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The Body Covers: The 2nd International AIDS Society Conference on HIV Pathogenesis and Treatment
CD4 Cell Recovery and Thymic Volume

July 14, 2003

A note from TheBody.com: Since this article was written, the HIV pandemic has changed, as has our understanding of HIV/AIDS and its treatment. As a result, parts of this article may be outdated. Please keep this in mind, and be sure to visit other parts of our site for more recent information!


Dr. Ruiz-Mateos presented data from his study on the effects of HIV medications on thymus size. The thymus is an important organ (located in the chest) which is necessary for proper functioning of the immune system. New T cells are made in the bone marrow, but are immature or naive -- they can't recognize antigen or work effectively unless they have been processed by the thymus, which gives them the ability to work effectively. The thymus is quite active when we are young. However, as we get older, it gradually shrinks and is not as active anymore. Previous data has indicated that baseline thymic volume (size) is a good predictor of how good CD4 cell recovery would be after starting HIV therapy. In other words, the larger one's thymus, the better the CD4 increase after starting therapy.

The study involved 54 subjects who had two pretreatment visits, and who then were seen at four, 12, 48 and 96 weeks after starting HIV treatment. The researchers performed chest CT scans to measure thymus size. Baseline thymus volume was 3.4 cm3. Most of the subjects were male, and about 50 percent were co-infected with hepatitis C virus. The mean baseline CD4 count was 255 cells/mm3. They also measured total, naive and memory CD4 cells at each time point and conducted a variety of other sophisticated immunologic tests. After starting HIV therapy, the results of the study showed that only thymic volume was correlated with increases in CD4 count, and that the number of naive and memory CD4 cells were not independently associated with treatment response. This relationship continued out to two years of observation.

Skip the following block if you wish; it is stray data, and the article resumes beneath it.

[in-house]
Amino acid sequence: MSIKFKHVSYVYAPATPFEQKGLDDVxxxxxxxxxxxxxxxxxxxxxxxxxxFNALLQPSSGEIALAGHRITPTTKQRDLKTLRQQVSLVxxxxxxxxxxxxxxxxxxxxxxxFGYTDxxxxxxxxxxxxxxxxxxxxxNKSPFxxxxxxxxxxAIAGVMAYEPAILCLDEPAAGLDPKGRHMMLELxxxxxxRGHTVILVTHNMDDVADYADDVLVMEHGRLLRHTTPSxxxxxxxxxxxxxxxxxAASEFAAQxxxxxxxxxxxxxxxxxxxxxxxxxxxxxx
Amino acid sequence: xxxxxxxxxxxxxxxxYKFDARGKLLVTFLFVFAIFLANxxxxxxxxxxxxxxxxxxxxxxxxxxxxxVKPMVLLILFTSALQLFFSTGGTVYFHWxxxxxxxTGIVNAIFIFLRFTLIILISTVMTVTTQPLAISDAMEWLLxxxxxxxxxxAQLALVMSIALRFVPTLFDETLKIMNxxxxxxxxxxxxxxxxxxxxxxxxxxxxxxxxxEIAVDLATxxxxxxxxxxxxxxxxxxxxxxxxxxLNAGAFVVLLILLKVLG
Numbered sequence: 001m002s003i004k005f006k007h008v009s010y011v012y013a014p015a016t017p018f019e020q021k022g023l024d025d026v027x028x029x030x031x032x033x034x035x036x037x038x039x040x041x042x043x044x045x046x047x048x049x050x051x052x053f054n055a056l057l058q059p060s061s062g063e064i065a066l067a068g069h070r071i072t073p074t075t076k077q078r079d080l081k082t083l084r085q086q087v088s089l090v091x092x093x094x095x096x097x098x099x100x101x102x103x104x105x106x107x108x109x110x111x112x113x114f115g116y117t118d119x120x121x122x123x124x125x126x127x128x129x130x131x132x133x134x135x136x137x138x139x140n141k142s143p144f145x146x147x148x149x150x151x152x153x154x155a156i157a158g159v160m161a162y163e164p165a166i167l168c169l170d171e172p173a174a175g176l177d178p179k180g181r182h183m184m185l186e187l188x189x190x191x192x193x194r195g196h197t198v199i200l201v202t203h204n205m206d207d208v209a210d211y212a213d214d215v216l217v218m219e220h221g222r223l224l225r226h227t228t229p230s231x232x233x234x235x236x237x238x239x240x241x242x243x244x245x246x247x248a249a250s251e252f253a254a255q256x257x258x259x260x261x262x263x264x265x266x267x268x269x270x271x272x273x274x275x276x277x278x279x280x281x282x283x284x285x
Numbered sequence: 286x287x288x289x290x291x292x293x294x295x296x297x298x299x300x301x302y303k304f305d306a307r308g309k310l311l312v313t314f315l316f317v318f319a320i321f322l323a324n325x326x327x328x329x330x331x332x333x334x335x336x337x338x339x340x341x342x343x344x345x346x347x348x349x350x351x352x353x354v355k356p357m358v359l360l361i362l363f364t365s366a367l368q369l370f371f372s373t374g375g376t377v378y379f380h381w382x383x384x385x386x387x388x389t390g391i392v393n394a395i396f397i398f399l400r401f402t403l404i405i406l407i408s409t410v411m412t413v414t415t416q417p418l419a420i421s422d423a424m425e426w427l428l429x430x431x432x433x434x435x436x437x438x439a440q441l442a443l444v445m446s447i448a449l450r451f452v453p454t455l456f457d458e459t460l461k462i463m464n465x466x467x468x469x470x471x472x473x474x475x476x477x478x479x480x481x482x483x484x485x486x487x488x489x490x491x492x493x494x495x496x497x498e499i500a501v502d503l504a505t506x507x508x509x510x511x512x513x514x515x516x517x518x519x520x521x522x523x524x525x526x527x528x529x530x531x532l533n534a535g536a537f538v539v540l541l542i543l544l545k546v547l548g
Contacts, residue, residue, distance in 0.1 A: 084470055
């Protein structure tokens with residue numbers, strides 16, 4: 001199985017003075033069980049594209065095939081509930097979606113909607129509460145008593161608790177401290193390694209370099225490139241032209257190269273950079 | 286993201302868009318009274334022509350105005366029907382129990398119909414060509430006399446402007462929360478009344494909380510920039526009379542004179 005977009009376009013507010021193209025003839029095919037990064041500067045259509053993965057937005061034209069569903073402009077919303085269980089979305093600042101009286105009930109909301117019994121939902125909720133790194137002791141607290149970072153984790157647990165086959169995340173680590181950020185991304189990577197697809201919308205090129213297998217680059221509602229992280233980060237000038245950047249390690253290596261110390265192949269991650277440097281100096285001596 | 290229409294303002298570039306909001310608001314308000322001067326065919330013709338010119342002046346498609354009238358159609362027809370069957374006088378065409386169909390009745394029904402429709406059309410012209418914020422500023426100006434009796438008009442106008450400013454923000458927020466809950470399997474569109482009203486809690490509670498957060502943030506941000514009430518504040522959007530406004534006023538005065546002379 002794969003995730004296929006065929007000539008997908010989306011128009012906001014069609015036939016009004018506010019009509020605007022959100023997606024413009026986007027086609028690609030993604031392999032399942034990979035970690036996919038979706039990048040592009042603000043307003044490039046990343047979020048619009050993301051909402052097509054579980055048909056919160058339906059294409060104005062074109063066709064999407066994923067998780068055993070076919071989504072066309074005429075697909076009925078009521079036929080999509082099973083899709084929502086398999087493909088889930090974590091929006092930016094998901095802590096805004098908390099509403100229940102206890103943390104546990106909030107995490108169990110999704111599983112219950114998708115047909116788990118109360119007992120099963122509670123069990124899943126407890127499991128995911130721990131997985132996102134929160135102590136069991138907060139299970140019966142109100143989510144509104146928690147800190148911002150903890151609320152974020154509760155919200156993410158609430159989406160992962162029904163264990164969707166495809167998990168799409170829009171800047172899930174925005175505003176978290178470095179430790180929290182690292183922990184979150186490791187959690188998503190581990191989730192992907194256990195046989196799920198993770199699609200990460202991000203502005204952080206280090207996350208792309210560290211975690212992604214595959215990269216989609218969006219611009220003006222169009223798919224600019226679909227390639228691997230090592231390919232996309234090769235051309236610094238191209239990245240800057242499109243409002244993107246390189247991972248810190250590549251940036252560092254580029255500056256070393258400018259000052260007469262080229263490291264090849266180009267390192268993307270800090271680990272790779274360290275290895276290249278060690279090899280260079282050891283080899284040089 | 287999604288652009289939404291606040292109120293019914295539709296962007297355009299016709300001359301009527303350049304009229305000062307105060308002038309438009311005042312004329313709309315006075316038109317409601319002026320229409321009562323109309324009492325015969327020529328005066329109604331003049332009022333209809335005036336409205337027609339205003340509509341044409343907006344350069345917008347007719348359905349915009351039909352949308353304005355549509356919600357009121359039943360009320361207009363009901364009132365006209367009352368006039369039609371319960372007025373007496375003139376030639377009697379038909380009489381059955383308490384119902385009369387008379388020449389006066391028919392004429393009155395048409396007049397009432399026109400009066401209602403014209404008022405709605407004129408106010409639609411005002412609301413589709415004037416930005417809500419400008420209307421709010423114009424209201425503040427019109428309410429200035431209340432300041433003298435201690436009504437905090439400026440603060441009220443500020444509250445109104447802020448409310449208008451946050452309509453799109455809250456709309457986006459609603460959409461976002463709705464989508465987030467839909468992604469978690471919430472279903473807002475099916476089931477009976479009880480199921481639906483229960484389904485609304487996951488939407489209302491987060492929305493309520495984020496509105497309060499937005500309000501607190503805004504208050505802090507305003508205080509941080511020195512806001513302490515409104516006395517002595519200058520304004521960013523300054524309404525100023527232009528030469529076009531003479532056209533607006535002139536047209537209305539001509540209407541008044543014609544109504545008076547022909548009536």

For many years we thought that the thymus was not active in adulthood and that with HIV infection there was no hope of having proper thymic activity to process T cells, particularly after starting HIV treatment. This now appears not to be the case. We have learned that the thymus continues to be active even into late adulthood and that HIV-infected patients with a relatively normal size thymus can have significant immune reconstitution. This means that not only can CD4 cells be regained with treatment but also that with good thymic function they can be activated to function relatively normally and to provide important immunologic protection. Thymic function and how to improve this function continues to be a hot topic for researchers.


A note from TheBody.com: Since this article was written, the HIV pandemic has changed, as has our understanding of HIV/AIDS and its treatment. As a result, parts of this article may be outdated. Please keep this in mind, and be sure to visit other parts of our site for more recent information!

See Also
More on Immune Recovery/Reconstitution



  
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Please note: Knowledge about HIV changes rapidly. Note the date of this summary's publication, and before treating patients or employing any therapies described in these materials, verify all information independently. If you are a patient, please consult a doctor or other medical professional before acting on any of the information presented in this summary. For a complete listing of our most recent conference coverage, click here.

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